Touching All the Bases

Ten Free Minutes: Was Paul Pierce Tipping More Than His Cap, Mookie Betts’s Ascent, and More

Ten free minutes for me, 10 free throwaway lines for you …


1. I don’t know whether Paul Pierce was sending a not-so-subtle message by wearing a Red Sox cap on the occasion of the Nets’ breakup party the other day. I wouldn’t put it past him, though, and I do know this: I didn’t think when he was traded from Boston last summer that he’d played his final game as a Celtic. And I still don’t, especially if the Celtics have some luck in the lottery. Who better to mentor Jabari Parker or his fellow Jayhawk Andrew Wiggins on the ways of the NBA and life as a Celtic?


2. Xander Bogaerts and Mookie Betts were born six days apart in October 1992. In 356 plate appearances in Double A over the 2012-13 seasons, Bogaerts put up a .315/.392/.531 slash line with 11 home runs, 52 RBIs, 36 walks against 72 strikeouts. In 169 plate appearances so far with Portland this season, Betts is hitting a ridiculous .401/.467/.619 with 6 homers, 24 steals, and 20 walks to 17 strikeouts. Betts has reached base in 70 straight games, one shy of the minor league record set by a couple of familiar names. I’m not suggesting he’s a prospect in Bogaerts’s stratosphere. He’s not. But if he continues to play like this over the next 30 games or so, Betts needs to be advanced to Pawtucket soon, and they may want to find out if the brilliant defensive second baseman can pay a passable third base. Yes, I’m starting to think he can help the Red Sox this season.


3. Tip of the cap to CSNNE’s Sean McAdam, who made a tremendous point on 98.5 The Sports Hub’s Gresh and Zo program: The Red Sox are actually closer to first place now — 1.5 games back of the Orioles — than they were in advance of their May 16 game a year ago, when they were tied with Baltimore, two games behind the Yankees. I had no idea. The difference, of course, is that the Red Sox are just 20-20 right now after a frustrating series loss to the non-factor Twins. A season ago, they were 23-17 and about to go on a tear in which they would win 9 of their next 12 and 13 of 19 to build a 2.5-game lead. This would not be a bad time for them to go on a similar roll. Really, it should have begun in Minnesota.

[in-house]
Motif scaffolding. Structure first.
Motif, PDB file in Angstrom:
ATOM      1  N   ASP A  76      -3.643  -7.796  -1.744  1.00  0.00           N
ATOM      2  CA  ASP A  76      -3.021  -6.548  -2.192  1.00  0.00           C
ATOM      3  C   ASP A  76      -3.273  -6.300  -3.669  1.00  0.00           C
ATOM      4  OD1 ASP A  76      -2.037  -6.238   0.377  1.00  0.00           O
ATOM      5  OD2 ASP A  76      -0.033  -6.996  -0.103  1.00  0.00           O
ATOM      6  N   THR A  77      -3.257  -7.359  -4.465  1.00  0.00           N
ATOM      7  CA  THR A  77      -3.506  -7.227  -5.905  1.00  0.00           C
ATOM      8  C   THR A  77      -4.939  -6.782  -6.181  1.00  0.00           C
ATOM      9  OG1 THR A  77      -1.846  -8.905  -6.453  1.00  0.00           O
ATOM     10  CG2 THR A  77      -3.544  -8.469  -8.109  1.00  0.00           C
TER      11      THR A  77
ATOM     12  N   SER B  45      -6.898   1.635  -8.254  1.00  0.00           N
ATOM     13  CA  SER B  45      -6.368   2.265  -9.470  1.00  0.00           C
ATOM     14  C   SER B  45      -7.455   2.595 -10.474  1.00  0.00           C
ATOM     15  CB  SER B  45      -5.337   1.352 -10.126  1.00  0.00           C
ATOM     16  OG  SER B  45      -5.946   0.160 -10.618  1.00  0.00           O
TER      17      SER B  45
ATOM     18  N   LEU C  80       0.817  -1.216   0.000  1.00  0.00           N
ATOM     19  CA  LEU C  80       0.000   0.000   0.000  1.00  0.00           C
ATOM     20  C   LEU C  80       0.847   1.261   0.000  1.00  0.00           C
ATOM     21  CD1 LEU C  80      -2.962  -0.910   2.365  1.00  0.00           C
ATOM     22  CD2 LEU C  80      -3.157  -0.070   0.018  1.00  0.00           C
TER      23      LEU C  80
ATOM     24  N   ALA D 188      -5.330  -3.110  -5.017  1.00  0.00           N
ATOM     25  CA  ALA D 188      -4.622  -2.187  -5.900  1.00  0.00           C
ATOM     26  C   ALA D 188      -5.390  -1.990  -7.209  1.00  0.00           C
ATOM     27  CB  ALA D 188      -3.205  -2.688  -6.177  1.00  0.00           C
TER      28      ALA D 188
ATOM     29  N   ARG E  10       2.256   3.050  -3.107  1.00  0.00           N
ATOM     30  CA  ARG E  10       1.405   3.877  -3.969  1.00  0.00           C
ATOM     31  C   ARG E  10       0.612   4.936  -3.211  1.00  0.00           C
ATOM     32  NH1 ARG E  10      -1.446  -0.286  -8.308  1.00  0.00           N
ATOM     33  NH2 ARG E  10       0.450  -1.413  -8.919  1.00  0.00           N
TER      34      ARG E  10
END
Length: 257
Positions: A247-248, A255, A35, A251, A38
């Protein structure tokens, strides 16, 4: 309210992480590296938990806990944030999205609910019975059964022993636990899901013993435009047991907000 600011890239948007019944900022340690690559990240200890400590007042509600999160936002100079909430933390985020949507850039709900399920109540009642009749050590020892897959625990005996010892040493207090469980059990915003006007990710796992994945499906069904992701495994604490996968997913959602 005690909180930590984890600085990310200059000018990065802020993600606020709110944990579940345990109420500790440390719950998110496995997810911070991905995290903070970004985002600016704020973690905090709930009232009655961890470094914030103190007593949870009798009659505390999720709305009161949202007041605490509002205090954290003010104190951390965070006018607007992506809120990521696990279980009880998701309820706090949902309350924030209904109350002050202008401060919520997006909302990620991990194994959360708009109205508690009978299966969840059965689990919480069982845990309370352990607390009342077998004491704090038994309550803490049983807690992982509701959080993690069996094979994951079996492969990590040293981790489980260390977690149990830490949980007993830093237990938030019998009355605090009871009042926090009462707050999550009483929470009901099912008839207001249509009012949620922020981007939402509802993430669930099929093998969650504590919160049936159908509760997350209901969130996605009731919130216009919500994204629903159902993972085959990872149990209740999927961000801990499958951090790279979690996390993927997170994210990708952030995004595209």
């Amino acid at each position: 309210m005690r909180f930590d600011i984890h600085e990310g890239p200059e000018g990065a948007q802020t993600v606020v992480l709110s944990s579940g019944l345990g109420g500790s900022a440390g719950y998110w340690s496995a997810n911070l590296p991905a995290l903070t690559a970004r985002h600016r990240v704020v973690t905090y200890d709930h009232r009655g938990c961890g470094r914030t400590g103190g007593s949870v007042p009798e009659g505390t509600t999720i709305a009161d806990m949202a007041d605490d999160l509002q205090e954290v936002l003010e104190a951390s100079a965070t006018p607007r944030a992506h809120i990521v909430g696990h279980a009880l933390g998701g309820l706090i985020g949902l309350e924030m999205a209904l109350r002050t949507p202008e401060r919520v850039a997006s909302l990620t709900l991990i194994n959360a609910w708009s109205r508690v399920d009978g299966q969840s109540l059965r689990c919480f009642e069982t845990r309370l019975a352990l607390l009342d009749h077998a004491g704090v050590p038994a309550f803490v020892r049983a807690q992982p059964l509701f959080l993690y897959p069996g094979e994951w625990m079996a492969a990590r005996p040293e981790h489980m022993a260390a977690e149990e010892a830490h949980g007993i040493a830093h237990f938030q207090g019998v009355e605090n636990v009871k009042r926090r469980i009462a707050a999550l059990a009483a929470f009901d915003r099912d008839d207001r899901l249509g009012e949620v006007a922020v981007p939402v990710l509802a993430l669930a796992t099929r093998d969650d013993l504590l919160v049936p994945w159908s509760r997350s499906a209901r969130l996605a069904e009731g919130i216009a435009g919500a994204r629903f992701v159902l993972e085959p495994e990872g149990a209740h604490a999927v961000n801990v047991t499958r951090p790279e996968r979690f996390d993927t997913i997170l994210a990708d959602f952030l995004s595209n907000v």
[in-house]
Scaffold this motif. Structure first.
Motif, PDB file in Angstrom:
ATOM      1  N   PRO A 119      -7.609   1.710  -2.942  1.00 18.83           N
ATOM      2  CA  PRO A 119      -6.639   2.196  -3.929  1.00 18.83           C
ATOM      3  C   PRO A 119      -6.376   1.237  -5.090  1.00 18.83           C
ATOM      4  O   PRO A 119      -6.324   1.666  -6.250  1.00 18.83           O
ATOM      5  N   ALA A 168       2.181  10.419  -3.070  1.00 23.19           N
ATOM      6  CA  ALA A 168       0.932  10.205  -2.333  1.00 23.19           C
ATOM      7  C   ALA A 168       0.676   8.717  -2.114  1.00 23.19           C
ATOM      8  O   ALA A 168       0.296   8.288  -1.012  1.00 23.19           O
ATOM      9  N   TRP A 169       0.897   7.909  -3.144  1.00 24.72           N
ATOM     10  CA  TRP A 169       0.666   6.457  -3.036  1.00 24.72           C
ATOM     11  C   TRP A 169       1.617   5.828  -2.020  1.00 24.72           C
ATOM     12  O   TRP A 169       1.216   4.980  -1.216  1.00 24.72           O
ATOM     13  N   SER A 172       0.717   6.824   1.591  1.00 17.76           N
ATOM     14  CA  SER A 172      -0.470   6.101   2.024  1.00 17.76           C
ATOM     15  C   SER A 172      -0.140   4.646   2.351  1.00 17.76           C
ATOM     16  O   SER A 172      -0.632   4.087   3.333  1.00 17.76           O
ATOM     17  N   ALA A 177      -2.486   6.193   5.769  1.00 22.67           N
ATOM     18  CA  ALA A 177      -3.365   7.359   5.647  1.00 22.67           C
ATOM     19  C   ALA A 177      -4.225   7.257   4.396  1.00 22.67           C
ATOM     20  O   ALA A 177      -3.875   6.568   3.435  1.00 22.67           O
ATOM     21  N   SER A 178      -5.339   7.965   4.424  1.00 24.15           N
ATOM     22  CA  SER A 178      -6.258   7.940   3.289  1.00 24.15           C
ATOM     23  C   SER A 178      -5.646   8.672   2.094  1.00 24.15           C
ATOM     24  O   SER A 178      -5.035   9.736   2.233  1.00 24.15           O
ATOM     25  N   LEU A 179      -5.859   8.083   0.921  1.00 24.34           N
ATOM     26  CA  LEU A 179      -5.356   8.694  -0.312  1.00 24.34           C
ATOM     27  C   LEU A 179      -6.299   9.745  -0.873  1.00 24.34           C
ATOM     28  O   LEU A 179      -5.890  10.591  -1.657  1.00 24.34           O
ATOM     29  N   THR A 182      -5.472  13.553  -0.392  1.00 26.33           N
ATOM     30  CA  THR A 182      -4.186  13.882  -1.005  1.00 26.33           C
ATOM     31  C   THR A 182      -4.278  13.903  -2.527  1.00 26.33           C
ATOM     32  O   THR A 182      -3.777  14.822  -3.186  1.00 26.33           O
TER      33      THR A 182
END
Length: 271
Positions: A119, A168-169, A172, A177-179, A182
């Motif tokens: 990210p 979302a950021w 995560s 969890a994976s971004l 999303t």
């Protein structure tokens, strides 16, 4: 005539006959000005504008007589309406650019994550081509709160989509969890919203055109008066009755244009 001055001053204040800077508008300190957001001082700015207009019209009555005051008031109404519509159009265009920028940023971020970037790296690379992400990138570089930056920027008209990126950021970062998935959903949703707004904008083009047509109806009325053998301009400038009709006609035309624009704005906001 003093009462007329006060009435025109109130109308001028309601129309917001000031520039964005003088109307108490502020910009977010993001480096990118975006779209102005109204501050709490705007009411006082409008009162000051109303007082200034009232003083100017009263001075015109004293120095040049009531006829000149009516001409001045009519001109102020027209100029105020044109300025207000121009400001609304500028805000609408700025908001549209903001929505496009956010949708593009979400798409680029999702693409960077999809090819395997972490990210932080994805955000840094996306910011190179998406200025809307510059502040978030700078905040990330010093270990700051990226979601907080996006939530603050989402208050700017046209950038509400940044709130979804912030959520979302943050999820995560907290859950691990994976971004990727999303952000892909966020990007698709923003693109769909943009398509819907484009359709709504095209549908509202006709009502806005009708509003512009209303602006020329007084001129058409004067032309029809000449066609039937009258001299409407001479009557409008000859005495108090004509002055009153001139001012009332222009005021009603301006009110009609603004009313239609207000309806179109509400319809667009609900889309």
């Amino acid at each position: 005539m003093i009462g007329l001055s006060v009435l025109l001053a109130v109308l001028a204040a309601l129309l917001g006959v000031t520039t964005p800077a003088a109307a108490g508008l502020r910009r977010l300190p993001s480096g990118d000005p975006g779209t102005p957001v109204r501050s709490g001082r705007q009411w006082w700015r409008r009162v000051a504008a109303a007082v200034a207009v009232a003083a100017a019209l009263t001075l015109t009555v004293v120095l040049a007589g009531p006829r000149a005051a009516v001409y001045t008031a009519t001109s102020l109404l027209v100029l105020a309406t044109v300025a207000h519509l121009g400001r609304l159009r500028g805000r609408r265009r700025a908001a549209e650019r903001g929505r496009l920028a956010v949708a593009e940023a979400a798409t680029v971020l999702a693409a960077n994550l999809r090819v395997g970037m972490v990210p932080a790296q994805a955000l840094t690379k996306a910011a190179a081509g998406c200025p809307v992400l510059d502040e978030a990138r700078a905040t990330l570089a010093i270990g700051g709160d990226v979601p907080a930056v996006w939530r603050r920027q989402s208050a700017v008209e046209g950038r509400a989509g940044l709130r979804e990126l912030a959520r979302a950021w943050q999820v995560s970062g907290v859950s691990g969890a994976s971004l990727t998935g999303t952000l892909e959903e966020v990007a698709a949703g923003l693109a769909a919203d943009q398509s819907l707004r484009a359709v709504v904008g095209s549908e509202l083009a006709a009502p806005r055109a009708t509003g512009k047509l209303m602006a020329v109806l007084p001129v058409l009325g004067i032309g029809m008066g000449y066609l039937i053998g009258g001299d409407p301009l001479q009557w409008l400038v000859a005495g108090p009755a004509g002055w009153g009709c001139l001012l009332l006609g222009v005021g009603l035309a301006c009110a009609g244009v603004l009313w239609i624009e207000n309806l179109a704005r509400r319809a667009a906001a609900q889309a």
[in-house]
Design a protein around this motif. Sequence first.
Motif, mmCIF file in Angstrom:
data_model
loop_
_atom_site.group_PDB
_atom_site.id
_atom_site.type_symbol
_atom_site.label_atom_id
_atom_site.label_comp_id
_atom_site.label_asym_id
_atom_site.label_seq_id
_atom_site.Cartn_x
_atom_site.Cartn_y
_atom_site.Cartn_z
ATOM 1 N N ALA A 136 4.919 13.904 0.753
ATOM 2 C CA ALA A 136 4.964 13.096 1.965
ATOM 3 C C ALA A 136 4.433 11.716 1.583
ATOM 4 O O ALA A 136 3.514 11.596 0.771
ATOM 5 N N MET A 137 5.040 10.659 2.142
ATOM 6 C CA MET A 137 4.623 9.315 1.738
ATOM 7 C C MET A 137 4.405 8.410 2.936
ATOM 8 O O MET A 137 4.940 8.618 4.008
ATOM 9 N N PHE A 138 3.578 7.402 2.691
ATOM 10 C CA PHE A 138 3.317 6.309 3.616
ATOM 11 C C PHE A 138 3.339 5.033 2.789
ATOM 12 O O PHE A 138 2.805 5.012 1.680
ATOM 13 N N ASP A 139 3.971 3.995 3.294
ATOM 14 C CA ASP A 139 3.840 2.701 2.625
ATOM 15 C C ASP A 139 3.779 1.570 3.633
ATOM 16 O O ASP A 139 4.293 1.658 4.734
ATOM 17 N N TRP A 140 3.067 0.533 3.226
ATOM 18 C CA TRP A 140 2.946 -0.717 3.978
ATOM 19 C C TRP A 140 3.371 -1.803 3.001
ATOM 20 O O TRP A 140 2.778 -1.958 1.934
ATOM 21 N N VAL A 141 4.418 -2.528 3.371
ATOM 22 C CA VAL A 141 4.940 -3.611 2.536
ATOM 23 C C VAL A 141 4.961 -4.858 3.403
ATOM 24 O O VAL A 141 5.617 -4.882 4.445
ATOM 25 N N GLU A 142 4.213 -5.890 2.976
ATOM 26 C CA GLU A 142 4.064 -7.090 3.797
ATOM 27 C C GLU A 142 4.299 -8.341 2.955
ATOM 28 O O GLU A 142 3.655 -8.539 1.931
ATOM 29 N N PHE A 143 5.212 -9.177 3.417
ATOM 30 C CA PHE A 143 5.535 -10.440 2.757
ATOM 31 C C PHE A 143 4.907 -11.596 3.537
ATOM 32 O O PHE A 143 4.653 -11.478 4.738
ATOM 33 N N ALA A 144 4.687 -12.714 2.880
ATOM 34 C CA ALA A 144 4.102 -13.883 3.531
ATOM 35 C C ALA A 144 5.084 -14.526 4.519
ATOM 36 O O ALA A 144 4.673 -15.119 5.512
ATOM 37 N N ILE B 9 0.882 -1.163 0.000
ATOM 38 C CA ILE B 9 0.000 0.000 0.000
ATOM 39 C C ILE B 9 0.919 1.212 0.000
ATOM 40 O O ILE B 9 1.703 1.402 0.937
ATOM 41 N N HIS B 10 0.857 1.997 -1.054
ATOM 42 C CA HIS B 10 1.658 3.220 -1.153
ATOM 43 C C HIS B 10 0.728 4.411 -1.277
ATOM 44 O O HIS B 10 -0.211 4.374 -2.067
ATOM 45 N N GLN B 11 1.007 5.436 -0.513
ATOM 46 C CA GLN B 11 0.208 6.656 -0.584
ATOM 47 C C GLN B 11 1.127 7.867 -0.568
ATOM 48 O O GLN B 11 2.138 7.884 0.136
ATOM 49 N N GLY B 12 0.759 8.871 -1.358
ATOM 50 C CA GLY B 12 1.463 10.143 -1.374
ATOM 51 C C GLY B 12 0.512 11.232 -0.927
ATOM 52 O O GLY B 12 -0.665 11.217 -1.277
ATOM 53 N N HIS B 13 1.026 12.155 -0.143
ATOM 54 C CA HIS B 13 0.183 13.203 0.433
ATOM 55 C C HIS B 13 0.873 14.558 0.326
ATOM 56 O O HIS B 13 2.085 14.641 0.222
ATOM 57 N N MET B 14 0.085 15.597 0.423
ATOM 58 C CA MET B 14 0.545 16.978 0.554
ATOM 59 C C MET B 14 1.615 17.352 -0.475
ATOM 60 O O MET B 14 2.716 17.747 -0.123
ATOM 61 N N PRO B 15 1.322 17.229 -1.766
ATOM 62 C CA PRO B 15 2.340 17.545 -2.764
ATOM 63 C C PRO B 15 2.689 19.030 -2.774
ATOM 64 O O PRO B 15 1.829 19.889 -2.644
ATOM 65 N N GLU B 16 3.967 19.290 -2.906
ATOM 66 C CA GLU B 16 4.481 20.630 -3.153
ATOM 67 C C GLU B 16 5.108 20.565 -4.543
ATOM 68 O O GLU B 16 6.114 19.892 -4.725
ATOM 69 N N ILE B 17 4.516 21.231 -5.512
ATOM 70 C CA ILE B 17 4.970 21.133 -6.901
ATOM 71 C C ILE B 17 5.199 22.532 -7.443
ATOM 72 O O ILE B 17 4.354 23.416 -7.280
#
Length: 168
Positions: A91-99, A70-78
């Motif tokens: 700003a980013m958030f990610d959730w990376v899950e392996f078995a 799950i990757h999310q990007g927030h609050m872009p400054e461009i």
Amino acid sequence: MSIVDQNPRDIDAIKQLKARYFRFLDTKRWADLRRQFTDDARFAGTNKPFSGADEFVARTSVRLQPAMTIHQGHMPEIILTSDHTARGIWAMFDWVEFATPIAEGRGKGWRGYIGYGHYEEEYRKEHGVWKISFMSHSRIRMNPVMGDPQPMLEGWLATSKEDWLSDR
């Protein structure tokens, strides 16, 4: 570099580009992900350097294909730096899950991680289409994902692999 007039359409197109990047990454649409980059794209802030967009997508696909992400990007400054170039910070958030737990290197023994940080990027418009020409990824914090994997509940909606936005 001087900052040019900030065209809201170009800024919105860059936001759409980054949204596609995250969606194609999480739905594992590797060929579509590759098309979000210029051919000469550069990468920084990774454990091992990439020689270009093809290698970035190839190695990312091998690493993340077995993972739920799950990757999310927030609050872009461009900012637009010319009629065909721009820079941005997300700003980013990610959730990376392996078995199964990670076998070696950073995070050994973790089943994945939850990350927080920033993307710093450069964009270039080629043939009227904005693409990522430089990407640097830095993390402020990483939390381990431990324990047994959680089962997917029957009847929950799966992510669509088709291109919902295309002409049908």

4. My Bruins postmortem is essentially this: What Fluto Said. There’s no need for a mega-shakeup, a blockbuster deal as an overreaction to this frustrating and disappointing end. I’d be all right with moving Brad Marchand — who has five goals in his last 41 playoff games after netting 11 in 25 games during the 2010-11 Cup run — for a more conventional, dependable goal scorer. And a puck-moving defenseman who can ease Zdeno Chara’s burden should be the priority, even with the steep price it would cost in terms of compensation in players and salary for the likes of Keith Yandle. But this is still a very talented, deep team. It shouldn’t have ended so soon. But with a few adjustments, they’ll be right back in the hunt against next year.
5. Just one game — hell, just one shift of one game — I would have liked to have seen this hell-bent-for-victory version of Milan Lucic against the Canadiens:

The Bruins will be better off next season if a true finisher can be acquired to play with David Krejci (and hopefully Jarome Iginla), with Looch dropping down a line or two.


6. With the news today that Ray Shero has been scapegoated for Sidney Crosby’s disappearing act fired as the Penguins’ general manager, it’s worth remembering that he essentially chose the Pittsburgh job over the same role with the Bruins in May 2006. Shero took the Penguins offer because of their talent first and foremost, but it was also acknowledged that he was worried about “compensation and authority issues” with the Bruins. As it turned out, it was a blessing for the Bruins. Peter Chiarelli got the gig, Zdeno Chara signed on, and the Bruins gradually built and sustained a winning program.
7. I know his skill-set is replaceable on the cheap. Hell, he knows his skill-set is replaceable on the cheap. But I’d like to see Shawn Thornton back with the Bruins next year. He’s a usually honorable enforcer with respectable hockey skills and respected leadership skills. There’s value to that, and Thornton is too self-aware to ask for an exorbitant deal. He knows his place, and that place should be Boston, still.
8. I’ll admit it. I don’t like it, but I’ll admit it. I’ve got a bad feeling about the way the ping-pong balls will bounce for the Celtics Tuesday night. Probably because we’ve been previously conditioned to expect the worst — I can still picture M.L. Carr grinning through the agony after the Spurs won the Tim Duncan sweepstakes 17 freakin’ years ago. Tell me it’s going to be different this time, and I’ll tell you I’d feel better about it — for no logical reason whatsoever — had Brad Stevens gone as their representative rather than Steve Pagliuca.
9. I don’t understand why any Patriots fan would take issue with the selection of Dominique Easley in the first round. He’s a ferocious, versatile, potentially elite player who fills a need, and he never would have been available if not for two knee injuries, one of which he recovered from to be better than ever. And calling him a future pick is silly. He’ll help in a big way late this season.
10. As for today’s Completely Random Baseball Card:


Because sometimes, it really is random. And large!

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